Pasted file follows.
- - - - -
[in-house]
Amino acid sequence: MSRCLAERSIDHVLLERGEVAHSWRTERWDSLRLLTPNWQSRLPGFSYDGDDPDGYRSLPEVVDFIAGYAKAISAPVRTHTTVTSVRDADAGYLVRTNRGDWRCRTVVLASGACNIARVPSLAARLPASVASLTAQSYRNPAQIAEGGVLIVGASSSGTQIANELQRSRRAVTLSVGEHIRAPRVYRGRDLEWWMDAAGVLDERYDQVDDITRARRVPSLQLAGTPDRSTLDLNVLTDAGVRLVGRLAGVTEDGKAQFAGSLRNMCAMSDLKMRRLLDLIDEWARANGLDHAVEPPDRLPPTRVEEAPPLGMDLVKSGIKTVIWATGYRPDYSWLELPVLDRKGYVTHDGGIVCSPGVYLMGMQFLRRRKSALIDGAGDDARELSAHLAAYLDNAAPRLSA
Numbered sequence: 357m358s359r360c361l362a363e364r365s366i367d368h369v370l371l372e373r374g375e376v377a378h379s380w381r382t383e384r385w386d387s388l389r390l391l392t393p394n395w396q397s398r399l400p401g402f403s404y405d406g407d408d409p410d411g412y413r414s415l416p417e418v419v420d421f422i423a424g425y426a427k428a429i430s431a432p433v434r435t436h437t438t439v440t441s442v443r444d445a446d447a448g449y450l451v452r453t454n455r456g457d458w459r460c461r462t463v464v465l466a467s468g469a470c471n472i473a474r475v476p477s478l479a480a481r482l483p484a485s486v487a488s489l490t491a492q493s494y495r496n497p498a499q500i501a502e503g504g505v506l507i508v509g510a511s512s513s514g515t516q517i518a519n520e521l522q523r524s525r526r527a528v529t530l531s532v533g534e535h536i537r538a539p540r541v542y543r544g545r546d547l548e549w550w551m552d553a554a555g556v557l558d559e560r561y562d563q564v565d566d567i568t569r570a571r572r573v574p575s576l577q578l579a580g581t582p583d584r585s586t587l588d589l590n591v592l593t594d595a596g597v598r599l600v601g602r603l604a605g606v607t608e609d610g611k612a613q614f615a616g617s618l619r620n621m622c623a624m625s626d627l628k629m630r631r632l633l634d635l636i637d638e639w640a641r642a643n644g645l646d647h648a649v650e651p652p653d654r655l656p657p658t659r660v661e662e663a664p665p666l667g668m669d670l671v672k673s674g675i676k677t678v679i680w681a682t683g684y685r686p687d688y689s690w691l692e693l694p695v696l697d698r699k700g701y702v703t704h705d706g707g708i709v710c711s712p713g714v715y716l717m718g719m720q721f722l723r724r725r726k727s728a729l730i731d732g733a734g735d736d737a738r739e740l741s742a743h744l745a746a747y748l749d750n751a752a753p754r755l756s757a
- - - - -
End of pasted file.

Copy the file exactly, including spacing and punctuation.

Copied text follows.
[in-house]
Amino acid sequence: MSRCLAERSIDHVLLERGEVAHSWRTERWDSLRLLTPNWQSRLPGFSYDGDDPDGYRSLPEVVDFIAGYAKAISAPVRTHTTVTSVRDADAGYLVRTNRGDWRCRTVVLASGACNIARVPSLAARLPASVASLTAQSYRNPAQIAEGGVLIVGASSSGTQIANELQRSRRAVTLSVGEHIRAPRVYRGRDLEWWMDAAGVLDERYDQVDDITRARRVPSLQLAGTPDRSTLDLNVLTDAGVRLVGRLAGVTEDGKAQFAGSLRNMCAMSDLKMRRLLDLIDEWARANGLDHAVEPPDRLPPTRVEEAPPLGMDLVKSGIKTVIWATGYRPDYSWLELPVLDRKGYVTHDGGIVCSPGVYLMGMQFLRRRKSALIDGAGDDARELSAHLAAYLDNAAPRLSA
Numbered sequence: 357m358s359r360c361l362a363e364r365s366i367d368h369v370l371l372e373r374g375e376v377a378h379s380w381r382t383e384r385w386d387s388l389r390l391l392t393p394n395w396q397s398r399l400p401g402f403s404y405d406g407d408d409p410d411g412y413r414s415l416p417e418v419v420d421f422i423a424g425y426a427k428a429i430s431a432p433v434r435t436h437t438t439v440t441s442v443r444d445a446d447a448g449y450l451v452r453t454n455r456g457d458w459r460c461r462t463v464v465l466a467s468g469a470c471n472i473a474r475v476p477s478l479a480a481r482l483p484a485s486v487a488s489l490t491a492q493s494y495r496n497p498a499q500i501a502e503g504g505v506l507i508v509g510a511s512s513s514g515t516q517i518a519n520e521l522q523r524s525r526r527a528v529t530l531s532v533g534e535h536i537r538a539p540r541v542y543r544g545r546d547l548e549w550w551m552d553a554a555g556v557l558d559e560r561y562d563q564v565d566d567i568t569r570a571r572r573v574p575s576l577q578l579a580g581t582p583d584r585s586t587l588d589l590n591v592l593t594d595a596g597v598r599l600v601g602r603l604a605g606v607t608e609d610g611k612a613q614f615a616g617s618l619r620n621m622c623a624m625s626d627l628k629m630r631r632l633l634d635l636i637d638e639w640a641r642a643n644g645l646d647h648a649v650e651p652p653d654r655l656p657p658t659r660v661e662e663a664p665p666l667g668m669d670l671v672k673s674g675i676k677t678v679i680w681a682t683g684y685r686p687d688y689s690w691l692e693l694p695v696l697d698r699k700g701y702v703t704h705d706g707g708i709v710c711s712p713g714v715y716l717m718g719m720q721f722l723r724r725r726k727s728a729l730i731d732g733a734g735d736d737a738r739e740l741s742a743h744l745a746a747y748l749d750n751a752a753p754r755l756s757a